Pompeii was an ancient Roman city located in the modern commune of Pompeii near Naples in the Campania region of Italy. Pompeii, along with Herculaneum and many villas in the surrounding area, was buried under 4 to 6 m of volcanic ash and pumice in the eruption of Mount Vesuvius in summer of AD 79. At the time of its destruction Pompeii supported between 10,000 and 20,000 inhabitants. Pompeii remained undiscovered for 1,500 years until it was discovered by a surveying engineer in 1748 and it is now the world’s largest archaeological site.
It is believed that about 2,000 people died in Pompeii buried under 8 to 9 feet pumice and ash. Excavations of Pompeii began accidentally in the 1777 when builders constructing a palace discovered the lost city. While digging they found the remains of a young woman and noticed they could clearly see the outline of the rest of her body in the ash that had encased her.Pompeii’s bodies had been covered in layers of fine ash that calcified over the centuries, forming a type of protective shell around their bodies. When the skin and tissue of these bodies eventually decayed, they left voids in the layer of ash around them with the exact shape of the victims forming plaster casts of their final moments.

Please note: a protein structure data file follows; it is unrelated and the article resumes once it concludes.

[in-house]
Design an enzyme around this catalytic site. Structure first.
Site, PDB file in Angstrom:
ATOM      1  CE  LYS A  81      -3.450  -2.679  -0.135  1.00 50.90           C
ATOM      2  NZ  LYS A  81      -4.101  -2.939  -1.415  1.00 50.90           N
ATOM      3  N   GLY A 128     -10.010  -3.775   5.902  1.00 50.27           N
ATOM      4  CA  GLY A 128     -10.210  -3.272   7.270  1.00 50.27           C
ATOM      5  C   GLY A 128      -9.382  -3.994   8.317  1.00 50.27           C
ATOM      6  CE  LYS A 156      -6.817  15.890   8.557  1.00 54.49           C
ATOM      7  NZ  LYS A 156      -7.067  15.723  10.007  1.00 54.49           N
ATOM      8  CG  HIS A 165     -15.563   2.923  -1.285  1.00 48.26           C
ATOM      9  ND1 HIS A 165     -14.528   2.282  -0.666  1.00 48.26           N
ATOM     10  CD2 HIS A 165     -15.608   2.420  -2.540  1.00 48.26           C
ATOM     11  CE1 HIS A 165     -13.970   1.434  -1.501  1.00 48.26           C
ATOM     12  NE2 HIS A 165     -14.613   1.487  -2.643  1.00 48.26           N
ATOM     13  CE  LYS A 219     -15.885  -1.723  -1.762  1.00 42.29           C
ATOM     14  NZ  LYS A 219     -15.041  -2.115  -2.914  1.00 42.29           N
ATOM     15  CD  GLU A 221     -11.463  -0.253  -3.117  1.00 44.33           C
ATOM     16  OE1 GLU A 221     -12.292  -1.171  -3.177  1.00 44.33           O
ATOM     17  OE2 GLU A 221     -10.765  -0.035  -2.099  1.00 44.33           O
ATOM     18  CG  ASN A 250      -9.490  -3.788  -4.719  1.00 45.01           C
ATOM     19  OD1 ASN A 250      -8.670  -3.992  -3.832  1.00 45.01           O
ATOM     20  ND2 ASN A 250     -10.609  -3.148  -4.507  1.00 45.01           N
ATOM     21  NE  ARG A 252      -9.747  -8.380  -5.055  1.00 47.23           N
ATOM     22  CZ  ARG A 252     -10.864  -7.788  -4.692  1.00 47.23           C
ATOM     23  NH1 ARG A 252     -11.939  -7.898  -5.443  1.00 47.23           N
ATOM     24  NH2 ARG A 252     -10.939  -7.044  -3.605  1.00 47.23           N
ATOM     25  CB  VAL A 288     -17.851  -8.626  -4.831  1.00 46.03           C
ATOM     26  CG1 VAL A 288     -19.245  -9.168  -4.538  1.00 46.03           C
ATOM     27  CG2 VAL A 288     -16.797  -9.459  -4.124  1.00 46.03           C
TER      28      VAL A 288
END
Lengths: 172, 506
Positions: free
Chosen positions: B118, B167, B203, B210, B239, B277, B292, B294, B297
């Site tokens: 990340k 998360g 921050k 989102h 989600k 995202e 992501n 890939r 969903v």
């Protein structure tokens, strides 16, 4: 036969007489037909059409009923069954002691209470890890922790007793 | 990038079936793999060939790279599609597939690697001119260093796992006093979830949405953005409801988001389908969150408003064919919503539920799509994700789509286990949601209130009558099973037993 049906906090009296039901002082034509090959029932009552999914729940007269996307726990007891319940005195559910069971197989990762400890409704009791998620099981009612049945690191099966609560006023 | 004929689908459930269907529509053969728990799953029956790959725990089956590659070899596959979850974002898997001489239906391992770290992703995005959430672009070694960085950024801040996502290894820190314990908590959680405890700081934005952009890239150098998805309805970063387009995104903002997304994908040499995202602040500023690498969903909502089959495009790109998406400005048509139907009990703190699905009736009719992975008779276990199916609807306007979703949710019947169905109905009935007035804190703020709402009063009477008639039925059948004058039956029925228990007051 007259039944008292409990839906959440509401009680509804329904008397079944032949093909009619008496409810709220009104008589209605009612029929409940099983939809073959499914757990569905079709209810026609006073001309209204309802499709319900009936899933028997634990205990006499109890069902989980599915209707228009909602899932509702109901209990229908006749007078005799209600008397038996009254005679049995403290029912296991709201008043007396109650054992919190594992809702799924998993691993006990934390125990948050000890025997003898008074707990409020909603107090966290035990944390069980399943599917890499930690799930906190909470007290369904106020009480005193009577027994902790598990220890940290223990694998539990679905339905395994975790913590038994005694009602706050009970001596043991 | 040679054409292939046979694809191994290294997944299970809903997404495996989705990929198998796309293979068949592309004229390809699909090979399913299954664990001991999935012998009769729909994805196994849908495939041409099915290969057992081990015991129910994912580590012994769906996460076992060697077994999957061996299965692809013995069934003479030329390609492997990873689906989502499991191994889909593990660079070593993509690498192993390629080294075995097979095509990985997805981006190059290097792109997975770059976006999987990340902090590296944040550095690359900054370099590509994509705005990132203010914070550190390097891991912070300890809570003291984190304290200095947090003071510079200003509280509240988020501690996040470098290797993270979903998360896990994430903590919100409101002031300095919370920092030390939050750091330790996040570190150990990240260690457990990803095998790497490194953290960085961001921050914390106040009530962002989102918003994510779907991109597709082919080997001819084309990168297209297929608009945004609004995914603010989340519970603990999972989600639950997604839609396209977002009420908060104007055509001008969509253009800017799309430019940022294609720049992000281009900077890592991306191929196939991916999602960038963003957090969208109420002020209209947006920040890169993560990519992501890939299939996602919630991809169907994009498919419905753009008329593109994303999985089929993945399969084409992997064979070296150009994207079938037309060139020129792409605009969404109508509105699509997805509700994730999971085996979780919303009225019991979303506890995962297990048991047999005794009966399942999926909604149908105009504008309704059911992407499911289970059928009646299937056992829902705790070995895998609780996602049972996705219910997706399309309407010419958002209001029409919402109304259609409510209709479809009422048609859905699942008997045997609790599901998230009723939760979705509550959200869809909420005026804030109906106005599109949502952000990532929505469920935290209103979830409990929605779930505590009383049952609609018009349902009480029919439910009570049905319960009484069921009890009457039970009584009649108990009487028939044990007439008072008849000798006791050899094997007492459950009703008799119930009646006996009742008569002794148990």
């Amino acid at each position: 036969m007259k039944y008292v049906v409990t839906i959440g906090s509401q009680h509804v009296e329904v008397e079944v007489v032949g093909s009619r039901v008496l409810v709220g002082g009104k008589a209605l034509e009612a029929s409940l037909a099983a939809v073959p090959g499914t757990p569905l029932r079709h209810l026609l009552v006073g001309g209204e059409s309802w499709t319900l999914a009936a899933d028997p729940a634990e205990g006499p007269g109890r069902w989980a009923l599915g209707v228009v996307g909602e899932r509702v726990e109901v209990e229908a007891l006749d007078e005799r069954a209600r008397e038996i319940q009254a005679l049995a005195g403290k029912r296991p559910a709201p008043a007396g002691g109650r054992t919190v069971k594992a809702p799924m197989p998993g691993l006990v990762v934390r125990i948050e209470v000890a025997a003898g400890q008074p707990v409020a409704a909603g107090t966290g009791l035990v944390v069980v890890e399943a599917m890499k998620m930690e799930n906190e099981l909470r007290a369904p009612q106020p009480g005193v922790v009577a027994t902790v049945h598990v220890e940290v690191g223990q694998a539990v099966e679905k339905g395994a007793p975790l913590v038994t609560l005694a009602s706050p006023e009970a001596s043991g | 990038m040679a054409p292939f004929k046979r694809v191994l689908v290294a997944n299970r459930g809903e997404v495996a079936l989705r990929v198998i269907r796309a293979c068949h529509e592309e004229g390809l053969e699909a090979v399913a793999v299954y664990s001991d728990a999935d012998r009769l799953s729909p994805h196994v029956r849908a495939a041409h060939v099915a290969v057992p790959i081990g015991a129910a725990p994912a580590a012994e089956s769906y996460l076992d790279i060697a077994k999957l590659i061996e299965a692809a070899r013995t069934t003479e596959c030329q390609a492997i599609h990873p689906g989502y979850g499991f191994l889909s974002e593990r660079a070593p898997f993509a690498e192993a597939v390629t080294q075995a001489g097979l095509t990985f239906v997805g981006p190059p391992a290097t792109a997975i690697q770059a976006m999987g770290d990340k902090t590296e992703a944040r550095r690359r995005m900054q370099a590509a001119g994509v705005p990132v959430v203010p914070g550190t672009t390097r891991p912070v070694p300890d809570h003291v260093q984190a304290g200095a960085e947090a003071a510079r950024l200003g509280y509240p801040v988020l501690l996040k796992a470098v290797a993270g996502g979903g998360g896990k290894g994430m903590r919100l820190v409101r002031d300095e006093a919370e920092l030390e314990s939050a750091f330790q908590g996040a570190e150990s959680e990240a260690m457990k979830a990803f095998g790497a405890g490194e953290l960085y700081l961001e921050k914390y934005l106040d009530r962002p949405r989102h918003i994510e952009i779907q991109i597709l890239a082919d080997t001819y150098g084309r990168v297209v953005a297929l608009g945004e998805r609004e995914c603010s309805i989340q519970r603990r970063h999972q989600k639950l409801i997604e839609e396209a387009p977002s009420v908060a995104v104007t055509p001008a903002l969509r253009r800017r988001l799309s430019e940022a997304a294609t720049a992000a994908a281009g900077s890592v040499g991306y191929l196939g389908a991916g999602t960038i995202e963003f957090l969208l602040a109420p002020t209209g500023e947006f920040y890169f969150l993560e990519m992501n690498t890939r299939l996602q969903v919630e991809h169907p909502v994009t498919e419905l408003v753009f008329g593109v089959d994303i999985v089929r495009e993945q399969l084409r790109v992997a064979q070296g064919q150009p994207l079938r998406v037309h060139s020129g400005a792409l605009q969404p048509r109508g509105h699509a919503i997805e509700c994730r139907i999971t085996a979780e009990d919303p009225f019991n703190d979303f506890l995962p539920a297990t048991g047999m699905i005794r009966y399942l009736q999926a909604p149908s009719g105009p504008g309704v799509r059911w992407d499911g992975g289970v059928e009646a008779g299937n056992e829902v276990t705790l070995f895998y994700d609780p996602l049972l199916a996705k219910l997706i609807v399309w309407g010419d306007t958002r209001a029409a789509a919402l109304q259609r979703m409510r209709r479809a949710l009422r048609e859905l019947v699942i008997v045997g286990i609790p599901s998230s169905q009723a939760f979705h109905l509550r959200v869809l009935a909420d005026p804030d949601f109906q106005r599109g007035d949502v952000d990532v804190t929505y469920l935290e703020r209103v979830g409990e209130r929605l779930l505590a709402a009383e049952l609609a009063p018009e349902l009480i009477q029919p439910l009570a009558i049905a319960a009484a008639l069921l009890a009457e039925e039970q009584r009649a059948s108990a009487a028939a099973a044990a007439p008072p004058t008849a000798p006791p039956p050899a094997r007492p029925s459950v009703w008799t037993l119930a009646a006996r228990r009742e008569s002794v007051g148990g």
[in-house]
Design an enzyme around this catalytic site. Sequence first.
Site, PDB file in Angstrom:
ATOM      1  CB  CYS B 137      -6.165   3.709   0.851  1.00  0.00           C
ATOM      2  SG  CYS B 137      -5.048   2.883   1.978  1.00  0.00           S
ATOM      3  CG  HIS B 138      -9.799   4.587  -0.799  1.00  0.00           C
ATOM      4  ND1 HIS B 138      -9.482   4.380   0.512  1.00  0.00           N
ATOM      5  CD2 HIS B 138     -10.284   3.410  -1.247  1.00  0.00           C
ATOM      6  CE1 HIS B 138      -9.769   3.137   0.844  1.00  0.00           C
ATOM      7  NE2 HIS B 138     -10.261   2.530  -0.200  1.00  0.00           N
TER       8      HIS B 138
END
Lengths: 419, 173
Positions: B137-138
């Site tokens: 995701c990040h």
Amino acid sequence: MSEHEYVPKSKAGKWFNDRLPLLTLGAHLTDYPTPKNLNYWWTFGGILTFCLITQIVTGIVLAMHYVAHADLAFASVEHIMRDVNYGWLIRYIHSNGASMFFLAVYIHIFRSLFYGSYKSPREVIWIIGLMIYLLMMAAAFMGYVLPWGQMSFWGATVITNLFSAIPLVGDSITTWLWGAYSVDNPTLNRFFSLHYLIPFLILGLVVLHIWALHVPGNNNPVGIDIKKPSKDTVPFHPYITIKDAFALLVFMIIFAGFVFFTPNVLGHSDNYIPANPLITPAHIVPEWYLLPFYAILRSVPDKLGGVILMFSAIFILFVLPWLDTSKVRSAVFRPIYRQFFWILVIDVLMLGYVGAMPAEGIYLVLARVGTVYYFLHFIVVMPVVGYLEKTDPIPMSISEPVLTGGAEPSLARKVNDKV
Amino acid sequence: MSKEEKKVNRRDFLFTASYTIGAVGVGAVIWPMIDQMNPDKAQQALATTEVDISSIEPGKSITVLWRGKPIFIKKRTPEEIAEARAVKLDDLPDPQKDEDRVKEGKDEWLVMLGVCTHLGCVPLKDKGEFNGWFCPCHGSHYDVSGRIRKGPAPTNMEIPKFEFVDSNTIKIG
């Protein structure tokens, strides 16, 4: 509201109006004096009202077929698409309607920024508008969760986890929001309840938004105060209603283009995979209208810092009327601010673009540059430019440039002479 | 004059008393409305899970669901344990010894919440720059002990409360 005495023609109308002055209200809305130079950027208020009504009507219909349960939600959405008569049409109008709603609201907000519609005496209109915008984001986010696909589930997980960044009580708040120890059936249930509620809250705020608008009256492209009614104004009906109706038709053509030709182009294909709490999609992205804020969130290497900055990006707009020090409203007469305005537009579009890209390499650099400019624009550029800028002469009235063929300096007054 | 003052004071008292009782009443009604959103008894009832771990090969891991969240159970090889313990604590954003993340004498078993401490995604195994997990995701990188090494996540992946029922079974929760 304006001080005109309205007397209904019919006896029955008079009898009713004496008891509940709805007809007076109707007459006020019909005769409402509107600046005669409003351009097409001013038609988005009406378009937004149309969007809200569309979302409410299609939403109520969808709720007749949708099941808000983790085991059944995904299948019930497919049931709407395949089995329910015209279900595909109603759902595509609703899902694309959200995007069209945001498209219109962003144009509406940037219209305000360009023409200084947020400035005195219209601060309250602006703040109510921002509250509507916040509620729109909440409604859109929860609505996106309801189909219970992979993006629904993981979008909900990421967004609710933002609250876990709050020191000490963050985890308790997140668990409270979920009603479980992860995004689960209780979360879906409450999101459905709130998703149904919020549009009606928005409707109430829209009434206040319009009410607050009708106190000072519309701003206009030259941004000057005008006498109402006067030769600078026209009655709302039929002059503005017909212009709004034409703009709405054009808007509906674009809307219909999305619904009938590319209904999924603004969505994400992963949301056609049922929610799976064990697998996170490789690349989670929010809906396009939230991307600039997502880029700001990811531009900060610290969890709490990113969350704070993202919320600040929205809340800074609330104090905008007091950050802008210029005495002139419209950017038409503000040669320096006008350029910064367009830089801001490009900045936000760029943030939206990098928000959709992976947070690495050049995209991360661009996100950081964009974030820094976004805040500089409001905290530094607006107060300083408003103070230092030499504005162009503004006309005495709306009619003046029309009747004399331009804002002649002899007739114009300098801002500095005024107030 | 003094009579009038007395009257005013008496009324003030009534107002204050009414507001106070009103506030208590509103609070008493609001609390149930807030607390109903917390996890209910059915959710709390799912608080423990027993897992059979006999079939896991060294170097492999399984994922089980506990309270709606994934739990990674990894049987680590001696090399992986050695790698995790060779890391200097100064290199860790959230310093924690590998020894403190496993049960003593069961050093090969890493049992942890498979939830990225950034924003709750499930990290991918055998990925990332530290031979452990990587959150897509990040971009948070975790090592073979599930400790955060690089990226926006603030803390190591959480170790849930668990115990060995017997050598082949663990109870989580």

Pompeii, with around of 11.000 to 20.000 inhabitants, had five large thermal baths and each bath could accommodate about 1.000 guests. Stabian thermal bath was the oldest bath in Pompeii and it was built at the end of the 4th century BC. The water supply and the heating system were constantly updated with the latest technique improvements. There were rooms with different water temperatures. The gentlemen rooms and ladies were separated. Bathing was very important for the Roman society. They were not used only to rest body and mind, but social relations were also developed in those baths.
Paintings from antiquity rarely survive but as the entire city was buried in volcanic ash the rich colors in the paintings in the houses and monuments were preserved for thousands of years until their rediscovery.